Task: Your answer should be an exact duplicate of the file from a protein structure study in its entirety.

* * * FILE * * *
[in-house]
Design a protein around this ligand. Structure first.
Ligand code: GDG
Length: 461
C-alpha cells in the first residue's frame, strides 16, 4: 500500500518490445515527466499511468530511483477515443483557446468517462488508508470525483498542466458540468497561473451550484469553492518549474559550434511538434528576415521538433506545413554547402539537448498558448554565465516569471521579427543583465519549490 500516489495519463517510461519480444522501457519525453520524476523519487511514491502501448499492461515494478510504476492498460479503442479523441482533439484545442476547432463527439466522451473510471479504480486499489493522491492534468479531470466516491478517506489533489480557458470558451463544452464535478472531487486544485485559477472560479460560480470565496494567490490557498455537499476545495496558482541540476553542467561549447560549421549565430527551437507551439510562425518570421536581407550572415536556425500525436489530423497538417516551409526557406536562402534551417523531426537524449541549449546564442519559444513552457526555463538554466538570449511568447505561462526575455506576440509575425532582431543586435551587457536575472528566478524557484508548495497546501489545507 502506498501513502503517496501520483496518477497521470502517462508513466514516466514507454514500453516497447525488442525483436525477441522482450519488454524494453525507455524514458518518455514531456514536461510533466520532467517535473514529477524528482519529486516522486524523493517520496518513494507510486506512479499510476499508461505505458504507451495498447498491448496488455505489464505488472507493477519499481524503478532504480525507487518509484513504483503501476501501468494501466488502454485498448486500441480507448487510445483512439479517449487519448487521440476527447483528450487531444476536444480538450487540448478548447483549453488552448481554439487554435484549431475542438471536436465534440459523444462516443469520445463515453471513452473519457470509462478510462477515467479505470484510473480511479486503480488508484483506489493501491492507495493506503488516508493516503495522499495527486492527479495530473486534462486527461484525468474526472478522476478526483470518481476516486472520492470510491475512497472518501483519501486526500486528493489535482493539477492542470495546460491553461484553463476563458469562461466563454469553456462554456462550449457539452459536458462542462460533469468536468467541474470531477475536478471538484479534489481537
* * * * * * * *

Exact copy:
[in-house]
Design a protein around this ligand. Structure first.
Ligand code: GDG
Length: 461
C-alpha cells in the first residue's frame, strides 16, 4: 500500500518490445515527466499511468530511483477515443483557446468517462488508508470525483498542466458540468497561473451550484469553492518549474559550434511538434528576415521538433506545413554547402539537448498558448554565465516569471521579427543583465519549490 500516489495519463517510461519480444522501457519525453520524476523519487511514491502501448499492461515494478510504476492498460479503442479523441482533439484545442476547432463527439466522451473510471479504480486499489493522491492534468479531470466516491478517506489533489480557458470558451463544452464535478472531487486544485485559477472560479460560480470565496494567490490557498455537499476545495496558482541540476553542467561549447560549421549565430527551437507551439510562425518570421536581407550572415536556425500525436489530423497538417516551409526557406536562402534551417523531426537524449541549449546564442519559444513552457526555463538554466538570449511568447505561462526575455506576440509575425532582431543586435551587457536575472528566478524557484508548495497546501489545507 502506498501513502503517496501520483496518477497521470502517462508513466514516466514507454514500453516497447525488442525483436525477441522482450519488454524494453525507455524514458518518455514531456514536461510533466520532467517535473514529477524528482519529486516522486524523493517520496518513494507510486506512479499510476499508461505505458504507451495498447498491448496488455505489464505488472507493477519499481524503478532504480525507487518509484513504483503501476501501468494501466488502454485498448486500441480507448487510445483512439479517449487519448487521440476527447483528450487531444476536444480538450487540448478548447483549453488552448481554439487554435484549431475542438471536436465534440459523444462516443469520445463515453471513452473519457470509462478510462477515467479505470484510473480511479486503480488508484483506489493501491492507495493506503488516508493516503495522499495527486492527479495530473486534462486527461484525468474526472478522476478526483470518481476516486472520492470510491475512497472518501483519501486526500486528493489535482493539477492542470495546460491553461484553463476563458469562461466563454469553456462554456462550449457539452459536458462542462460533469468536468467541474470531477475536478471538484479534489481537